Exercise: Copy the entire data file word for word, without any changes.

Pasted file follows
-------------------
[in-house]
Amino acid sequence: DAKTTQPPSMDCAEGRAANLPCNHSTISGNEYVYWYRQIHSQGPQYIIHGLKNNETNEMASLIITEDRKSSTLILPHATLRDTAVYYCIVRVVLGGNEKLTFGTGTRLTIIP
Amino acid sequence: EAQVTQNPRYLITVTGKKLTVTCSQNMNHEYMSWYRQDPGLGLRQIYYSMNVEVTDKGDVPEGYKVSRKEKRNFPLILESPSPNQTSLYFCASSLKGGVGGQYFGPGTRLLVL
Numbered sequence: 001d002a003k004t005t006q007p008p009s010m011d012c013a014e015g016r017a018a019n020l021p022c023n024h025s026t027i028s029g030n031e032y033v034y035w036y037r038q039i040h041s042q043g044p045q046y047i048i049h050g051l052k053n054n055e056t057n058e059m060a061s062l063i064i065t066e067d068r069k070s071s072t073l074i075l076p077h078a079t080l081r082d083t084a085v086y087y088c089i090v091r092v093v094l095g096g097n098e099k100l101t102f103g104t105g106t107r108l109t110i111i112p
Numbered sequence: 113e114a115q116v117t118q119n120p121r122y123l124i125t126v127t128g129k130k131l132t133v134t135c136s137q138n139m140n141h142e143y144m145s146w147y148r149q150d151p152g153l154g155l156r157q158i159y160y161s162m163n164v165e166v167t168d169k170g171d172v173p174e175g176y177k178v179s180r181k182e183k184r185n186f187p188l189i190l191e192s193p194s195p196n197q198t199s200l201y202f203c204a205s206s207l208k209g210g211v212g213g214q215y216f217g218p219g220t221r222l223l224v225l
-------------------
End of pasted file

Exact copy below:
[in-house]
Amino acid sequence: DAKTTQPPSMDCAEGRAANLPCNHSTISGNEYVYWYRQIHSQGPQYIIHGLKNNETNEMASLIITEDRKSSTLILPHATLRDTAVYYCIVRVVLGGNEKLTFGTGTRLTIIP
Amino acid sequence: EAQVTQNPRYLITVTGKKLTVTCSQNMNHEYMSWYRQDPGLGLRQIYYSMNVEVTDKGDVPEGYKVSRKEKRNFPLILESPSPNQTSLYFCASSLKGGVGGQYFGPGTRLLVL
Numbered sequence: 001d002a003k004t005t006q007p008p009s010m011d012c013a014e015g016r017a018a019n020l021p022c023n024h025s026t027i028s029g030n031e032y033v034y035w036y037r038q039i040h041s042q043g044p045q046y047i048i049h050g051l052k053n054n055e056t057n058e059m060a061s062l063i064i065t066e067d068r069k070s071s072t073l074i075l076p077h078a079t080l081r082d083t084a085v086y087y088c089i090v091r092v093v094l095g096g097n098e099k100l101t102f103g104t105g106t107r108l109t110i111i112p
Numbered sequence: 113e114a115q116v117t118q119n120p121r122y123l124i125t126v127t128g129k130k131l132t133v134t135c136s137q138n139m140n141h142e143y144m145s146w147y148r149q150d151p152g153l154g155l156r157q158i159y160y161s162m163n164v165e166v167t168d169k170g171d172v173p174e175g176y177k178v179s180r181k182e183k184r185n186f187p188l189i190l191e192s193p194s195p196n197q198t199s200l201y202f203c204a205s206s207l208k209g210g211v212g213g214q215y216f217g218p219g220t221r222l223l224v225l